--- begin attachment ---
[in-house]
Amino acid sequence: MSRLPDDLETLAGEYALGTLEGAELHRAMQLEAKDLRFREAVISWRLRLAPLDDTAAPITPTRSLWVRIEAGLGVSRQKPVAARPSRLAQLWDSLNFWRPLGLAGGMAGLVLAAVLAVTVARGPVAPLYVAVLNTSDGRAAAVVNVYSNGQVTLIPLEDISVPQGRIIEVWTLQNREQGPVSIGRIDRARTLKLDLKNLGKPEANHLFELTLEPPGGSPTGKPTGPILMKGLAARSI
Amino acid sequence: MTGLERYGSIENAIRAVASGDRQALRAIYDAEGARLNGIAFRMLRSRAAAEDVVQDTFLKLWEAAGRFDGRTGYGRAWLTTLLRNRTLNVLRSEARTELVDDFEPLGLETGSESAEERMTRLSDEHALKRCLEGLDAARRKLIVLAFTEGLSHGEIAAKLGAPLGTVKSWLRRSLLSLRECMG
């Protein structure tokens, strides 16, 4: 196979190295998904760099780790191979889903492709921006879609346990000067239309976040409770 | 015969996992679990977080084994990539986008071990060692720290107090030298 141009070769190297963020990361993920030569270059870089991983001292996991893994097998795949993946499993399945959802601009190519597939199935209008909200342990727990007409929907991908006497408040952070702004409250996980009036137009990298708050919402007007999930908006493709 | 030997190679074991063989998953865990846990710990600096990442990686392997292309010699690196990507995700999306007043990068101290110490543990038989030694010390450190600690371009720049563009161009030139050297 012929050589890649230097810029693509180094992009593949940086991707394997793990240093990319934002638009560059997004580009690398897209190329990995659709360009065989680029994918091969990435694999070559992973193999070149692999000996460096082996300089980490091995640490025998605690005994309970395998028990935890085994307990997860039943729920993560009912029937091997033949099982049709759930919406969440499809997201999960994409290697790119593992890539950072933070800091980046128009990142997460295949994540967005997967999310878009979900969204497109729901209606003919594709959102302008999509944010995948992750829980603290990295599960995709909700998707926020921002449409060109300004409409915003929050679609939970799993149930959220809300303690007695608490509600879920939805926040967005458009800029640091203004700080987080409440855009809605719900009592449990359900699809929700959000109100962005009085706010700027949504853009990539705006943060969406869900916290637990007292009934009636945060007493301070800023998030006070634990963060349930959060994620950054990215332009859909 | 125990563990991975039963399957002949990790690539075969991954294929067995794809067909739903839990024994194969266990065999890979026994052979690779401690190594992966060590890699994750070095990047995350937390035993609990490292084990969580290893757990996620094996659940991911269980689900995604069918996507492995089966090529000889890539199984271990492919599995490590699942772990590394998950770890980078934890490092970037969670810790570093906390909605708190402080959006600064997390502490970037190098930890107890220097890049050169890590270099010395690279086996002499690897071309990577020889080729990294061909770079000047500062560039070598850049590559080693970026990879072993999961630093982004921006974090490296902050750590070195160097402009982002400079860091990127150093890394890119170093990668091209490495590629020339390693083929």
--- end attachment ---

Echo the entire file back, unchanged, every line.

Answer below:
[in-house]
Amino acid sequence: MSRLPDDLETLAGEYALGTLEGAELHRAMQLEAKDLRFREAVISWRLRLAPLDDTAAPITPTRSLWVRIEAGLGVSRQKPVAARPSRLAQLWDSLNFWRPLGLAGGMAGLVLAAVLAVTVARGPVAPLYVAVLNTSDGRAAAVVNVYSNGQVTLIPLEDISVPQGRIIEVWTLQNREQGPVSIGRIDRARTLKLDLKNLGKPEANHLFELTLEPPGGSPTGKPTGPILMKGLAARSI
Amino acid sequence: MTGLERYGSIENAIRAVASGDRQALRAIYDAEGARLNGIAFRMLRSRAAAEDVVQDTFLKLWEAAGRFDGRTGYGRAWLTTLLRNRTLNVLRSEARTELVDDFEPLGLETGSESAEERMTRLSDEHALKRCLEGLDAARRKLIVLAFTEGLSHGEIAAKLGAPLGTVKSWLRRSLLSLRECMG
């Protein structure tokens, strides 16, 4: 196979190295998904760099780790191979889903492709921006879609346990000067239309976040409770 | 015969996992679990977080084994990539986008071990060692720290107090030298 141009070769190297963020990361993920030569270059870089991983001292996991893994097998795949993946499993399945959802601009190519597939199935209008909200342990727990007409929907991908006497408040952070702004409250996980009036137009990298708050919402007007999930908006493709 | 030997190679074991063989998953865990846990710990600096990442990686392997292309010699690196990507995700999306007043990068101290110490543990038989030694010390450190600690371009720049563009161009030139050297 012929050589890649230097810029693509180094992009593949940086991707394997793990240093990319934002638009560059997004580009690398897209190329990995659709360009065989680029994918091969990435694999070559992973193999070149692999000996460096082996300089980490091995640490025998605690005994309970395998028990935890085994307990997860039943729920993560009912029937091997033949099982049709759930919406969440499809997201999960994409290697790119593992890539950072933070800091980046128009990142997460295949994540967005997967999310878009979900969204497109729901209606003919594709959102302008999509944010995948992750829980603290990295599960995709909700998707926020921002449409060109300004409409915003929050679609939970799993149930959220809300303690007695608490509600879920939805926040967005458009800029640091203004700080987080409440855009809605719900009592449990359900699809929700959000109100962005009085706010700027949504853009990539705006943060969406869900916290637990007292009934009636945060007493301070800023998030006070634990963060349930959060994620950054990215332009859909 | 125990563990991975039963399957002949990790690539075969991954294929067995794809067909739903839990024994194969266990065999890979026994052979690779401690190594992966060590890699994750070095990047995350937390035993609990490292084990969580290893757990996620094996659940991911269980689900995604069918996507492995089966090529000889890539199984271990492919599995490590699942772990590394998950770890980078934890490092970037969670810790570093906390909605708190402080959006600064997390502490970037190098930890107890220097890049050169890590270099010395690279086996002499690897071309990577020889080729990294061909770079000047500062560039070598850049590559080693970026990879072993999961630093982004921006974090490296902050750590070195160097402009982002400079860091990127150093890394890119170093990668091209490495590629020339390693083929």